BLOG#17 The Staircase

In all of the stories ever told about winners and losers, failures and successes, there is just one thing that separates the two: the failure gave up, the winner didn’t.

It’s that simple.

In an interview I saw yesterday with Al Pacino, he proclaimed:

“Determination can beat talent!”

…and it made me think about how we classify some things as being optional and others as guaranteed.

How long do you give a child to learn to walk? At what point do you decide to give up on them and accept they will have to crawl around the rest of their life?

Learning to walk, learning to have a conversation, learning to write… these things we conquer as children are immeasurably more difficult than the things we routinely quit as adults: Getting a 6 pack, becoming a millionaire, publishing a book, building a successful business…

Why doesn’t everyone with any goal succeed?

Why don’t we just get it done, then move onto the next? Like kids do.

I think it’s all down to the staircase…

My little boy Jake is 14 months old and learning to walk (we’ve not given up on him yet), but he’s been an avid stair climber for months. He loves the stairs and any time he gets himself to the bottom, I stand behind him and follow him up to catch him if he falls. His Sherpa.

I will never forget the historic moment he first made it to the top unaided.

The first few stairs, no problem. He paused only slightly about a quarter of the way up to glance over his shoulder at me. Already he was as far as he’d ever been before.

The next few stairs, mechanically reaching up one arm and then pulling up one leg at a time, he was on a mission and now he was past half way.

Then, for no apparent reason, he paused, uncertain, looking up at the path ahead and peering back down where he’d come from. I could see he didn’t have many stairs to go, but he was close to reaching for my help, which meant the end of the expedition.

I lowered my head to his level, “Keep going Jakey” I told him close to his ear, with as much proud dad enthusiasm as I had ever had.

But before I stood back up, I glanced upwards and downwards as he had and immediately I realised something: to him the staircase was never ending.

Looking up it was just more of the same as he’d already climbed, more hard work with no end in sight. He was so close to the stairs he couldn’t see the top!

And looking down, all he could see was how high he’d climbed and how far he had to fall. His confidence was disappearing and fear was taking over.

But from my view, standing back up, l could see was how far he’d come and how close he was to the top. I had to get him to keep going just a little longer.

“You’re nearly there, keep going Jakey!” I banged on the stairs “go go go!”

I mimicked him crawling up the stairs with a beaming smile at him.

He looked at me blankly, then suddenly smiled at me and, with a crazed look on his face, grabbed the next step, pushing himself upwards with his chubby little legs and just a few seconds later he was sat triumphantly at the top of our staircase, looking down at how far he’d come from a whole new world he could now get to.

I thought what an awesome lesson he’d just learned, stick at it and you get there. I hope that spirit never leaves him and I reinforced the satisfaction of getting to the top with an over the top celebration of cheering and whoop whoops! so that the emotions might help to embed the lesson into his nature.

Who knows if it will.

I’ve thought a lot about the staircase metaphor, the relentless grind of anything we set out to achieve, the lack of any visible progress along the way or any hint of the destination in sight.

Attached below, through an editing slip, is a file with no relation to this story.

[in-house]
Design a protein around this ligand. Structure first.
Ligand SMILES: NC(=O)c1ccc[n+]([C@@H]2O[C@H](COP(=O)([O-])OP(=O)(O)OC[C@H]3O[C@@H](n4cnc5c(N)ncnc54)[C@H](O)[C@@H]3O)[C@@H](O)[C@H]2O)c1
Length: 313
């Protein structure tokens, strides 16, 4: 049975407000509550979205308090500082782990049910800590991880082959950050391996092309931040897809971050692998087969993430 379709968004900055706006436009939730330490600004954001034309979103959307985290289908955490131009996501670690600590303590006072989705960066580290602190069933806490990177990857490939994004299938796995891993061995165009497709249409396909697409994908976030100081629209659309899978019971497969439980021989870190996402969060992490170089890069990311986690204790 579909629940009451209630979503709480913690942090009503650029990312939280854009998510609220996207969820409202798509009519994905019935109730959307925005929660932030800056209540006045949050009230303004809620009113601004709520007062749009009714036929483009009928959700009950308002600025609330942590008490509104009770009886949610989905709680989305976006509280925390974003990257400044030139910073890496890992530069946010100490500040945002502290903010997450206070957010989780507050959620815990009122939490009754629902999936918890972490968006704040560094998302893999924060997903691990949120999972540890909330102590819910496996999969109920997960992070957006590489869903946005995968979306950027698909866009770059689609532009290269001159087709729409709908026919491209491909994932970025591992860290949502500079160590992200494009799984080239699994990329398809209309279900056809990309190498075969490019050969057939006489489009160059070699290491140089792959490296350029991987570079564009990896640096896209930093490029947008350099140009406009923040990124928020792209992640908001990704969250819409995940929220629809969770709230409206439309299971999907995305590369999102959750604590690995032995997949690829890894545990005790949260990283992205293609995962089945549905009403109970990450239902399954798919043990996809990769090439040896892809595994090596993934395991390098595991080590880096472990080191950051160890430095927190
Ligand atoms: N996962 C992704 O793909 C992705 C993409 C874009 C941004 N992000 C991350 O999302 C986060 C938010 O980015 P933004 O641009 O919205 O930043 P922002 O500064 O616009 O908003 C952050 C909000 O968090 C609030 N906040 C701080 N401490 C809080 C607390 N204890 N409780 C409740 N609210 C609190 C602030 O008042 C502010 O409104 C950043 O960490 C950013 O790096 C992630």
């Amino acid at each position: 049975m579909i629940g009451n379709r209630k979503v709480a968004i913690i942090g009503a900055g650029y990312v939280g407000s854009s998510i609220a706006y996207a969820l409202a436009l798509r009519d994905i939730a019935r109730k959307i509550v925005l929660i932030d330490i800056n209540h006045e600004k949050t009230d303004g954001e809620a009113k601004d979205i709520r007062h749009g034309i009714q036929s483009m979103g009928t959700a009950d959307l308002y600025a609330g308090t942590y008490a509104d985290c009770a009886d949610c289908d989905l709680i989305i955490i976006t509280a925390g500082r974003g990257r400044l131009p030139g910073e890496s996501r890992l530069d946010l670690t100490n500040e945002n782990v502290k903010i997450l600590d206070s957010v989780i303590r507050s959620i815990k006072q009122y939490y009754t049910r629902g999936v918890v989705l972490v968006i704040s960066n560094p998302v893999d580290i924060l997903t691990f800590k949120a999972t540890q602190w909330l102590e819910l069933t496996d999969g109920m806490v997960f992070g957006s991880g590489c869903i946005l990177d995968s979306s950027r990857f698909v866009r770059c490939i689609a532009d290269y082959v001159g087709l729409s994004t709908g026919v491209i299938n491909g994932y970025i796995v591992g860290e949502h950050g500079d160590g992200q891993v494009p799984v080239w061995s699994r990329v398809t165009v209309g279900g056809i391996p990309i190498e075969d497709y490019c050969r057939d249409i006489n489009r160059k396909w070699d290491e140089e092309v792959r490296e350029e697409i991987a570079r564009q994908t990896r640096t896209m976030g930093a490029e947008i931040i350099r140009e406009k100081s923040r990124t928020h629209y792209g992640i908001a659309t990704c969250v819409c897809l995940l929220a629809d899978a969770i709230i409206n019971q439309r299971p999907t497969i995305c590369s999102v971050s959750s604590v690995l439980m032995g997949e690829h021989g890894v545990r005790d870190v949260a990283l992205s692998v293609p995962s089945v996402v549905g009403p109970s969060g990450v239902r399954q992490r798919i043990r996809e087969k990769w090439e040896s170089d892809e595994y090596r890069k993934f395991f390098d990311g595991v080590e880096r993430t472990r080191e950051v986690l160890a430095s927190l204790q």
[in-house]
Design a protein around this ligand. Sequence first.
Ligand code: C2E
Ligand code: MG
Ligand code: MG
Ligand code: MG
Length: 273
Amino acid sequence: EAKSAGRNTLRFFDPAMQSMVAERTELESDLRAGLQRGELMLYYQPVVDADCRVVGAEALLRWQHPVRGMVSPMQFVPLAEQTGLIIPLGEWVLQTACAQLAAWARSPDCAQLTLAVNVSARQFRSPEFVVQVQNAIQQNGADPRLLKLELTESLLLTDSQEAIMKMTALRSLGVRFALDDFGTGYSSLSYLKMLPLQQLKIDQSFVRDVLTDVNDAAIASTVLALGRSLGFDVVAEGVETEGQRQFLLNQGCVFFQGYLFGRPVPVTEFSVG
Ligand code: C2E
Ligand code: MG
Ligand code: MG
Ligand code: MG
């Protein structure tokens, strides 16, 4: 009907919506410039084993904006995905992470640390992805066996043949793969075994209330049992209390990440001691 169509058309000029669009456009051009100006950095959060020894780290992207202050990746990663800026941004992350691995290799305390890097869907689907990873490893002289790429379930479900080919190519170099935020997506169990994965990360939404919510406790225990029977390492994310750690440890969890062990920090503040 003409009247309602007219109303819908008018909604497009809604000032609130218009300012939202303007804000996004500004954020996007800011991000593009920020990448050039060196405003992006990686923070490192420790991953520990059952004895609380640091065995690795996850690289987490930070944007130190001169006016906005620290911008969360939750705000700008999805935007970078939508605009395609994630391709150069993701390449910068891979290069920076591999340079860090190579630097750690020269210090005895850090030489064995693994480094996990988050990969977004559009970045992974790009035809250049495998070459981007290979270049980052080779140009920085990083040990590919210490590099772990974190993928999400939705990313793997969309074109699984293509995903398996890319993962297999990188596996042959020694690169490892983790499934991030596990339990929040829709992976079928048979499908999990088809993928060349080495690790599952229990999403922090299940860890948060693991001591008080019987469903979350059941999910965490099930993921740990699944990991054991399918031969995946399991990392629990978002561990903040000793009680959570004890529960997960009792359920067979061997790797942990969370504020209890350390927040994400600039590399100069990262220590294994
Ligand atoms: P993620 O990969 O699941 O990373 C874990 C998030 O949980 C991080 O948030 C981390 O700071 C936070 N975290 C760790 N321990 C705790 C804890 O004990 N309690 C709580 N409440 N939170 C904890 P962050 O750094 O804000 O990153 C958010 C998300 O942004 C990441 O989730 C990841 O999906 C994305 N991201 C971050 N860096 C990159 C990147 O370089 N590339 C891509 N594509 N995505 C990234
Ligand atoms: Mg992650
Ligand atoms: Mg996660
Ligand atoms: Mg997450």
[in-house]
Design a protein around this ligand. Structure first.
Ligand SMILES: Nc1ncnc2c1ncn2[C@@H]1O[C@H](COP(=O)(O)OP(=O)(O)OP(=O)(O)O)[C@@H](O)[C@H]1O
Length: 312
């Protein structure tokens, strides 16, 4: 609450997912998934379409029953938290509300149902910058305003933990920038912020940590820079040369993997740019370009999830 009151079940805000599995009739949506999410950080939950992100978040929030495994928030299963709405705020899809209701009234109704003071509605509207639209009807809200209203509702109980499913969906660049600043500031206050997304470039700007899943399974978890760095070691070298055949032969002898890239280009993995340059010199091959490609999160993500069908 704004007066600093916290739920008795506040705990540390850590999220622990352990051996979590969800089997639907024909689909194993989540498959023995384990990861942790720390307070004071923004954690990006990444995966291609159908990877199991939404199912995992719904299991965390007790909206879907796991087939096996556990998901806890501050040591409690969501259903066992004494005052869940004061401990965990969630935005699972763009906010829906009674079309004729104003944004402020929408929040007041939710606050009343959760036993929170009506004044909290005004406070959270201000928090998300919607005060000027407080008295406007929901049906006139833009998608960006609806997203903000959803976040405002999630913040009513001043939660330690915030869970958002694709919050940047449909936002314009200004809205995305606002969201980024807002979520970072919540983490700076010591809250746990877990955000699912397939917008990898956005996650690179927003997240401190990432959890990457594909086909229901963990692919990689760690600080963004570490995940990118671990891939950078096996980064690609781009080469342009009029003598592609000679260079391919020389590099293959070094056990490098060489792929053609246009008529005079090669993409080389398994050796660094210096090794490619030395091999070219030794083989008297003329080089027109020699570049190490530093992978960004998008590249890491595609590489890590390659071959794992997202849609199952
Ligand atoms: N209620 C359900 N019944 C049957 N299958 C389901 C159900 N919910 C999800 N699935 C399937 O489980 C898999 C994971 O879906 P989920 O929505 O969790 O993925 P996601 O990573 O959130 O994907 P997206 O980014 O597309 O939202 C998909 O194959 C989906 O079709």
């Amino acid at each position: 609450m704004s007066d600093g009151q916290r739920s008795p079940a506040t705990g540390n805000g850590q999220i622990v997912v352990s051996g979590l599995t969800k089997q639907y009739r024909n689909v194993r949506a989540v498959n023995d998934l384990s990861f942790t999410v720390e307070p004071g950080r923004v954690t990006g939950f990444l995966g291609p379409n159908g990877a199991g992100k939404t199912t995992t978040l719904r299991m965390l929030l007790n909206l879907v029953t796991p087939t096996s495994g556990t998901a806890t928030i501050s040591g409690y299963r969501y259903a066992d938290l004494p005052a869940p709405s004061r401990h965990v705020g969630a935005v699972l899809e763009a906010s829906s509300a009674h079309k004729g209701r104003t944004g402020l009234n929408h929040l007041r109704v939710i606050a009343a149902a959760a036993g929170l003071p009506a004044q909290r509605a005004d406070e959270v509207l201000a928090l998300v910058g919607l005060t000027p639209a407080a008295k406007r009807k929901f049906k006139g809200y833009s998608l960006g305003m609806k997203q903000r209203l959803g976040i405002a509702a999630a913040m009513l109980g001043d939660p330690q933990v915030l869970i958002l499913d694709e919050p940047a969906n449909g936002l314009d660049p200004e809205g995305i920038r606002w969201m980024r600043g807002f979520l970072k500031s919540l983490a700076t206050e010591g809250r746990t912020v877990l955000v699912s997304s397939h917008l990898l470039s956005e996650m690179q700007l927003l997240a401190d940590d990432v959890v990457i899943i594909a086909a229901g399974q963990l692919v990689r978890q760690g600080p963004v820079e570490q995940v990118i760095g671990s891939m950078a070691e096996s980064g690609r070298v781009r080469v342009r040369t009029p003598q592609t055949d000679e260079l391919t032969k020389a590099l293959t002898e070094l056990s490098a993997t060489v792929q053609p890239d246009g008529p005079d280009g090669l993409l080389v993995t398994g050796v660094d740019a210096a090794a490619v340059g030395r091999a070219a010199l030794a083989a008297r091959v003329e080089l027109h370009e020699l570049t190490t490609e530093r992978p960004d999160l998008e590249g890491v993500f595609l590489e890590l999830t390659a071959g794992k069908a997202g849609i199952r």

And without anyone around you there will be little to no encouragement along the way (some arseholes will even revel in seeing any glimpse of you failing), no rewards or pats on the back for sticking at it, nothing but the same pain and discomfort you had yesterday without any promise of it ending soon, the fear of it all going wrong and a fading desire to even reach the destination any more.

Talking yourself out of achieving your own goal.

Ask anyone who’s done Weight Watchers and they will tell you that it was the group that helped them reach their goal; the regular encouragement they received, the success stories from people just like them and not wanting to let the team down.

But out there on our own, no wonder we give up. The staircase is unforgiving.

But it’s just a staircase. Ask anyone who’s climbed it; the guy with the 6 pack, the millionaire, the best selling author… they see a different view. They know that all you need to do is keep going.

It’s that simple.

Now, keeping going might not mean keep banging your head against a wall, it might mean stopping for a breath, taking a fresh look at what you’re doing.

If you don’t want to succeed then listen to the opinions and advice of people who’ve never accomplished what you’re going after.

If you want to succeed then only listen to the people and stories of those who’ve climbed the stairs already.

Regroup. Adapt. Improvise.

If we keep going we will get there.

It’s that simple.


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BLOG#13 The Next Best Thing to a Gun to the Head

Let’s be brutally honest:

You already know how to accomplish anything you want. Or if you don’t know exactly what to do, you certainly know how to find out.

If you want to lose weight, you know which foods are healthy and you know you have to work your arse off every day exercising. So eat nothing but healthy food and do a tonne of exercise every day. It’s that simple.

If you want to get rich, millionaires write books that tell you exactly how they did it. Some people have spent their lives studying rich people and written books that tell you step by step formulas that have worked consistently. Read them. Then do what it says.

If you want to learn a skill, find the people who are best at it, ask their advice, read their books, watch their videos, practice every day as many hours as you can until you have it.